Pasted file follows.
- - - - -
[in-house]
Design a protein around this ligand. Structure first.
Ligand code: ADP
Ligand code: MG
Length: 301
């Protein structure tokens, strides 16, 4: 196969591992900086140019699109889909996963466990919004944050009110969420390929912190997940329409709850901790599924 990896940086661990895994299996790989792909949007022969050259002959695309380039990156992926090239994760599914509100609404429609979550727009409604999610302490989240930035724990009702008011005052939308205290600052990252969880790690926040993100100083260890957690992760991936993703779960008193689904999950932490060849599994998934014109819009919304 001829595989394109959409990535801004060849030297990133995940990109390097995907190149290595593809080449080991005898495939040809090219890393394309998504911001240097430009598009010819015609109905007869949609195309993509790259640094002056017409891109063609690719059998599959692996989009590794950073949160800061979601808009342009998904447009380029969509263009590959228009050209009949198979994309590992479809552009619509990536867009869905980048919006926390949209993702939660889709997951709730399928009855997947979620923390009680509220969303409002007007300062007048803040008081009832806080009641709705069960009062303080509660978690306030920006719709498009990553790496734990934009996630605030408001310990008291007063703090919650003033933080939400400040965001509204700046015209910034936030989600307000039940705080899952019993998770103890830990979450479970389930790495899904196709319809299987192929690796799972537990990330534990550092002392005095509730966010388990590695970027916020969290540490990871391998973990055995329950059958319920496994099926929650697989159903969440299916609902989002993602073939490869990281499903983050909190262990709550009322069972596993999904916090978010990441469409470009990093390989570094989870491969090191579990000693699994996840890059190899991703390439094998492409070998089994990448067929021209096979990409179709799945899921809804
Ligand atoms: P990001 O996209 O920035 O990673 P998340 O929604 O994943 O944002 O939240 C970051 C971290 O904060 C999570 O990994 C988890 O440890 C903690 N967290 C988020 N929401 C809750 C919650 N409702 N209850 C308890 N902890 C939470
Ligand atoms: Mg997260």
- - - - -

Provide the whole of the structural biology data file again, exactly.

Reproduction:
[in-house]
Design a protein around this ligand. Structure first.
Ligand code: ADP
Ligand code: MG
Length: 301
């Protein structure tokens, strides 16, 4: 196969591992900086140019699109889909996963466990919004944050009110969420390929912190997940329409709850901790599924 990896940086661990895994299996790989792909949007022969050259002959695309380039990156992926090239994760599914509100609404429609979550727009409604999610302490989240930035724990009702008011005052939308205290600052990252969880790690926040993100100083260890957690992760991936993703779960008193689904999950932490060849599994998934014109819009919304 001829595989394109959409990535801004060849030297990133995940990109390097995907190149290595593809080449080991005898495939040809090219890393394309998504911001240097430009598009010819015609109905007869949609195309993509790259640094002056017409891109063609690719059998599959692996989009590794950073949160800061979601808009342009998904447009380029969509263009590959228009050209009949198979994309590992479809552009619509990536867009869905980048919006926390949209993702939660889709997951709730399928009855997947979620923390009680509220969303409002007007300062007048803040008081009832806080009641709705069960009062303080509660978690306030920006719709498009990553790496734990934009996630605030408001310990008291007063703090919650003033933080939400400040965001509204700046015209910034936030989600307000039940705080899952019993998770103890830990979450479970389930790495899904196709319809299987192929690796799972537990990330534990550092002392005095509730966010388990590695970027916020969290540490990871391998973990055995329950059958319920496994099926929650697989159903969440299916609902989002993602073939490869990281499903983050909190262990709550009322069972596993999904916090978010990441469409470009990093390989570094989870491969090191579990000693699994996840890059190899991703390439094998492409070998089994990448067929021209096979990409179709799945899921809804
Ligand atoms: P990001 O996209 O920035 O990673 P998340 O929604 O994943 O944002 O939240 C970051 C971290 O904060 C999570 O990994 C988890 O440890 C903690 N967290 C988020 N929401 C809750 C919650 N409702 N209850 C308890 N902890 C939470
Ligand atoms: Mg997260």